You Can Make Anything Sad
by Spencer Madsen
Publishing Genius Press, 2014
90 pages / $14.95 buy from PGP
1. Spencer Madsen’s new book has what you might call ‘a classic Alt-Lit title.’
2. Like many of his contemporaries, a fair proportion of this work is considering ‘What if…’ something happens and musing on ‘What ifs’ generally. I think this has something to do with the virtual world and what it has done to our brains. As a strategy it is, in itself, almost materially virtual.
3. There are many proper nouns. For me, proper nouns are essential.
4. Computer/technological device interface metaphors, analogies, etc., are a growth area to a large extent pioneered (as far as today’s technological landscape goes anyway) by Alt-Lit writers themselves. Madsen is very good at them. Here is one by him: ‘When you turn the screen brightness down on your computer, everything looks the same but seems a little shittier.’
5. On October 1st, 2012, Spencer encountered a man in a gym and mused on his ‘meaningless’ hairstyles, tattoos, and muscles (‘he does administrative work’) but notes that in a way this gym muscle man ‘is more authentic,’ ‘more purely veneer’ than your everyday person. This is deep, man! By which I mean that the way in which much Alt-Lit concerns itself with screens is down to the fact that screens, smoothness, etc., represent the spirit of our current age (and any age that we can imagine anytime soon on the, now non-existent, horizon) so it is important to face up to them, even if it means facing them to do so. This whole ‘life in front of small screens, large, intermediately sized screens’ is so ubiquitous it needs to be looked at. Alt-Lit does it very well, as does Spencer.
6. ‘A Tumblr called Girls Doing Things featuring photos of fully clothed girls doing normal things like standing in line at the post office or walking a dog’ would be the most genuinely erotic Tumblr of the year. Think about it, folks.
7. Nothing happens in this book in that way where everything happens or rather so many things happen that nothing seems to happen. Word thinks this is ‘verb confusion’ but it is really more about the state of things.
8. I say nothing happens but there is a half-hearted worry about coming to the end of a relationship which is recurrent but which isn’t foregrounded. Although coming to the end of a relationship is a big thing (like moving house, as they say, not enough novels about ‘moving house?’), it’s inevitable that something else will start.
9. Something else does start. He starts going out with someone new. It’s new; he likes it as we all like that kind of thing.
10. He’s good at the old poetic trick of mixing everyday concrete noun combinations like ‘cereal and milk’ with the slightly more amusing concrete noun ‘ice cream’ with a sudden abstract noun ‘emotional stability.’ This is an old trick that will never stop working. He executes it very well. I laughed.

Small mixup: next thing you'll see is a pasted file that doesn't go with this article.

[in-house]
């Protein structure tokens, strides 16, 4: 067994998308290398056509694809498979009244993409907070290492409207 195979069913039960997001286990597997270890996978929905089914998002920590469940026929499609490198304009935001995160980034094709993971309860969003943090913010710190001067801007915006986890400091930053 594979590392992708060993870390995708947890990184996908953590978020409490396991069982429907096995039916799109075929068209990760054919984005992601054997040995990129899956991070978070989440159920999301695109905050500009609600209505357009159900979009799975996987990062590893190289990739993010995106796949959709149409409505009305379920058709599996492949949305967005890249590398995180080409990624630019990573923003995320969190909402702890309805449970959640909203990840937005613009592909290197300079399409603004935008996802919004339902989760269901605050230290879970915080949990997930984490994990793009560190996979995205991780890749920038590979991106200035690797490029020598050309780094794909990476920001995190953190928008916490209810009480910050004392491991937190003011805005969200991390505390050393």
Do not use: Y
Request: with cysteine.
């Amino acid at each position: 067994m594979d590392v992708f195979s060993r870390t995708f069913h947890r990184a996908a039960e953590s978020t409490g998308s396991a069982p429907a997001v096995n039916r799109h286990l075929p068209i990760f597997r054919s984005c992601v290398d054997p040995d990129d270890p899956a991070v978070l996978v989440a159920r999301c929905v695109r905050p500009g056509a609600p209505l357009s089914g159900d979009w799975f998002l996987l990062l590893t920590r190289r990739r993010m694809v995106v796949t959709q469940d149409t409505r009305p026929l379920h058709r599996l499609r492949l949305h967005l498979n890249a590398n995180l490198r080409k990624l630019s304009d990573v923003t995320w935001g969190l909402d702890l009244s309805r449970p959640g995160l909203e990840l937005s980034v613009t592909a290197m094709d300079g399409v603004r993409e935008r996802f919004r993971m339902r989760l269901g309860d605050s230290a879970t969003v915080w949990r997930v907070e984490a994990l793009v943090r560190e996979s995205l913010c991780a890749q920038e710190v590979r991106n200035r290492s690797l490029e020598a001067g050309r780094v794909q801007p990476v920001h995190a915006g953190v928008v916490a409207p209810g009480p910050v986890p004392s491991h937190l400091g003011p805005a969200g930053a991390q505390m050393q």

July 10th, 2014 / 12:00 pm
You Can Make Anything Sad
by Spencer Madsen
Publishing Genius, April 2014
90 pages / $10 Preorder from Publishing Genius
Spencer Madsen’s latest book, You Can Make Anything Sad, seems to be a response to a question Spencer asks himself within the poems he writes: Who am I and what am I doing? The poems constantly shift in image, but seem to stay in a general area of themes and moods. He plays with his voice, and style, to create something that feels very much completed, while at the same time quite fragile and open. It’s sincerely insincere, approaching the mundane as if it was wondrous, and the wondrous as if it was mundane.
I move back to Facebook, I type:
If you feel an aversion to me and I don’t feel an aversion to
you, please don’t feel an aversion to me.
I think about how my parents had hoped for more.
I think about letting them down constantly.
I think, at least I’m not a murderer.
Mostly because murderers are very ambitious.
April 21st, 2014 / 10:00 am
I’m really sorry house about this.
Monkeybicycle: What does “indie” or “small press” mean to you? What do you think of such classifications and distinctions?
Spencer Madsen: I immediately think of Roxane Gay. I think of complaints about not enough people reading or not enough people buying books or too many books being published. I think about the word ‘writerly’ and the distinction of being ‘serious’ literature. I think these classifications serve to make reading books more insular and less exciting for people. The word ‘indie’ always evokes for me a kind of club that you have to join to engage with. I’d like to bypass that by avoiding adjectives or the temptation to define the press in a verbal way. I don’t want Sorry House to be At The Forefront of Independent Literature or The Home Of Avant-Garde Poetry. I want it to be a thing like any other thing. A glass of water doesn’t need an about page. It holds water.